Rob Clark Named President, FremantleMedia Worldwide Entertainment
Everyone has heard of American Idol, but less famous is the production company behind Fox’s singing sensation: FremantleMedia. Fremantle started as a small British production company that has grown ever larger through the wild success of Idol, the company’s acquisitions and skillful management.
As part of that growth, Rob Clark is moving up to become president of FremantleMedia Worldwide Entertainment. In his new role, Clark will continue to oversee the global roll-out of all of FremantleMedia’s developed and acquired non-scripted formats. He will manage the acquisition of entertainment formats from third parties and coordinate Fremantle’s global entertainment development network.
FremantleMedia is part of the RTL Group, which is 90 percent owned by Bertelsmann AG. Along the way, it has acquired other companies, such as talkbackTHAMES, UFA and Grundy. It has operations in 22 countries, and has rolled out more than 60 formats.
Clark joined Fremantle in 2003, and has managed many of the company’s global format roll-outs, including Got Talent (recently the origin of YouTube sensation) Susan Boyle, X Factor, Farmer Wants a Wife, The Apprentice, Hole in the Wall, Let’s Dance, Take Me Out and the highly successful Idols franchise, including American Idol and Britain’s Pop Idol. He also helped relaunch the Mark Goodson/Bill Todman game shows Family Feud, Password and Price is Right after Fremantle acquired those rights.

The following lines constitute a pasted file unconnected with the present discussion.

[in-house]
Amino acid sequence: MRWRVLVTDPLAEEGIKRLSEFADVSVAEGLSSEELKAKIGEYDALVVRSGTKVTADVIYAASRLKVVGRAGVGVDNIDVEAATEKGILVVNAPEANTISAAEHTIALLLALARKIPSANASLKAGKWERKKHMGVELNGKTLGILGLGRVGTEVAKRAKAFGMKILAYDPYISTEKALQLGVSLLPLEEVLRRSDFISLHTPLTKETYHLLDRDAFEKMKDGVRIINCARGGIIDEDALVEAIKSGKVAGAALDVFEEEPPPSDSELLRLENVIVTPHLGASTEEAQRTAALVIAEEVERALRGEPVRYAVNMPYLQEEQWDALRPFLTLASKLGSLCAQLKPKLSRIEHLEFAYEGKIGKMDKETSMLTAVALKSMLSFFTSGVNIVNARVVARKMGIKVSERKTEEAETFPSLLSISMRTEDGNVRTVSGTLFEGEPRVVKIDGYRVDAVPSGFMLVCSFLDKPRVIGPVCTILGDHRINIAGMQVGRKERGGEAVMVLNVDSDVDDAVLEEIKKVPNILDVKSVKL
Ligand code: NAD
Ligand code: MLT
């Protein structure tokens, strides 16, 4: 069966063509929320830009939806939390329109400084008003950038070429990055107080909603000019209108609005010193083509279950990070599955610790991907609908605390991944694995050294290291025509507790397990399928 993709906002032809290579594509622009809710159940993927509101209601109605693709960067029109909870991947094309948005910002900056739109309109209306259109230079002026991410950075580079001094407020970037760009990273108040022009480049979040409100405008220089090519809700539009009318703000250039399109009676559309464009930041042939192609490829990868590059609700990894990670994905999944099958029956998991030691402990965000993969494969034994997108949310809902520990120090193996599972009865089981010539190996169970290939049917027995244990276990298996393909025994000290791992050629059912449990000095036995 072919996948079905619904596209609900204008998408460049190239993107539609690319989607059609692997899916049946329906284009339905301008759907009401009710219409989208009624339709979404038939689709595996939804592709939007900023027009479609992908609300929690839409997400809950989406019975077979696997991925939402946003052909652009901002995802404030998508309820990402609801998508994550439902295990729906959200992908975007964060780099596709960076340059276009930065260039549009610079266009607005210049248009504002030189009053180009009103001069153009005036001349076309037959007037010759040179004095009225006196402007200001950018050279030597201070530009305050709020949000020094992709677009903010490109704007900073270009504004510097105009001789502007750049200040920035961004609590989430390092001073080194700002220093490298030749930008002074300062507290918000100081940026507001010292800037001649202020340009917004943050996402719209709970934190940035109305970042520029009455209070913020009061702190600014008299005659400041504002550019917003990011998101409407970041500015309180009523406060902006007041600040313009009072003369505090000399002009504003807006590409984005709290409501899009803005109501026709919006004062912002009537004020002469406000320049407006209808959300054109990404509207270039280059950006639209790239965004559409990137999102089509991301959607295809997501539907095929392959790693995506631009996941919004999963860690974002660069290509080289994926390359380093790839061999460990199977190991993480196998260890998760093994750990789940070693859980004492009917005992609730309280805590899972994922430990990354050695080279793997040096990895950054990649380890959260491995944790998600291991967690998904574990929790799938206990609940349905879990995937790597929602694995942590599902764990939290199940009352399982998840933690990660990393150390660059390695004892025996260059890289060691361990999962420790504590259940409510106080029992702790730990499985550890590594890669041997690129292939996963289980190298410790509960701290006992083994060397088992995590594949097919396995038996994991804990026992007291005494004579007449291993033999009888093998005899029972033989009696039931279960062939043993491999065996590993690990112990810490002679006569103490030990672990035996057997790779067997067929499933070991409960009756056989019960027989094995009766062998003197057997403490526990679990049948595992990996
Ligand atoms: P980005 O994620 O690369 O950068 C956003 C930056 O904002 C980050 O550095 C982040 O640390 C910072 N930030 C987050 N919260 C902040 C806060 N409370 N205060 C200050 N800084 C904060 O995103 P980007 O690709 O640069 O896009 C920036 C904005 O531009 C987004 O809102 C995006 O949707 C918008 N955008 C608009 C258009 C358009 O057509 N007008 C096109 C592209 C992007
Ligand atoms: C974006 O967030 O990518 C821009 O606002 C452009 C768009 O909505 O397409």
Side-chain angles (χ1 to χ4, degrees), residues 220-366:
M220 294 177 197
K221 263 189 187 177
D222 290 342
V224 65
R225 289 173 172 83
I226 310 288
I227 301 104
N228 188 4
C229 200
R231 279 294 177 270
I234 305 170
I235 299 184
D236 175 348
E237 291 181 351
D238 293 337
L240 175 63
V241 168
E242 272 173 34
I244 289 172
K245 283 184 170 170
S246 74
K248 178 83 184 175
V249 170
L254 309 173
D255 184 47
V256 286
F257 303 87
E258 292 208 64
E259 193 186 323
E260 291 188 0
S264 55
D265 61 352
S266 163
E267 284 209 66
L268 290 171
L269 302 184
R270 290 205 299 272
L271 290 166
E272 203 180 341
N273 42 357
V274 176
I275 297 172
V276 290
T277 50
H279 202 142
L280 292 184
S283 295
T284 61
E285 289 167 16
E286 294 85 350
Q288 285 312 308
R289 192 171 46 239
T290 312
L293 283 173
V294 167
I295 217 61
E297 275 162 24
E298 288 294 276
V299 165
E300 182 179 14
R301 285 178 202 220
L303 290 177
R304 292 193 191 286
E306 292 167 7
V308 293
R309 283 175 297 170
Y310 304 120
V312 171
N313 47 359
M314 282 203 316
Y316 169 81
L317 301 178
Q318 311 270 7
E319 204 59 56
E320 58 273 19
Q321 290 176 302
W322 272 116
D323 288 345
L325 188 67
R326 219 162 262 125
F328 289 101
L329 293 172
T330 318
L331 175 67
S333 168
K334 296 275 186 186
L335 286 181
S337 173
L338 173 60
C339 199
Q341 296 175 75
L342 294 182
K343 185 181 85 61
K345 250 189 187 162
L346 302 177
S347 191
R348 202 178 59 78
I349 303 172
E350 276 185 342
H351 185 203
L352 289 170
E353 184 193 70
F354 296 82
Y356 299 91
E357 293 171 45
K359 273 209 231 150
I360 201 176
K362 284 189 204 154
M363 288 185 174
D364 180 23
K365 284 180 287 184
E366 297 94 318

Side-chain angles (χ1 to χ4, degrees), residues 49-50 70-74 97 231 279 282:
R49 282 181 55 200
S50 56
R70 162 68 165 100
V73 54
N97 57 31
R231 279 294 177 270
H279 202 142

Prior to joining FremantleMedia, Clark was head of entertainment for Scottish Media Group and Princess Productions, as well as executive and senior producer for London Weekend Television, Carlton, Hat Trick and Celador.
I chatted with Clark last week about his new job, the state of international television and where he thinks the next great format will come from.
Fates: What will change in your new role?
Clark: I’ll continue operating in much the same way – acquiring wisely, developing internally and coordinating amongst our different production operations. A big part of my responsibilities are to make sure that our third-party partnerships have a clear voice in what we’re doing.
I’m absolutely a program maker. I come from a very creative background. The way Fremantle sees the way forward is through creative integrity and our belief in programming. It’s a very positive message the company is sending to the market. I’m here solely as the person who is passionate about television, and who can get our development teams to be as passionate about it too.
Fates: How do you define “acquiring wisely?”
Clark: In the old days, you would wait for something to air, see if it had ratings, and then you would buy it. An example of that would be The Apprentice, which we bought from the U.S.
The market is so much faster now that you have to appraise a property at an earlier stage. You need more information about what’s happening in key markets all over the world. You have to have relationships with those people even if you’ve never done business with them. You have to know the potential players of the future and the key players of the present.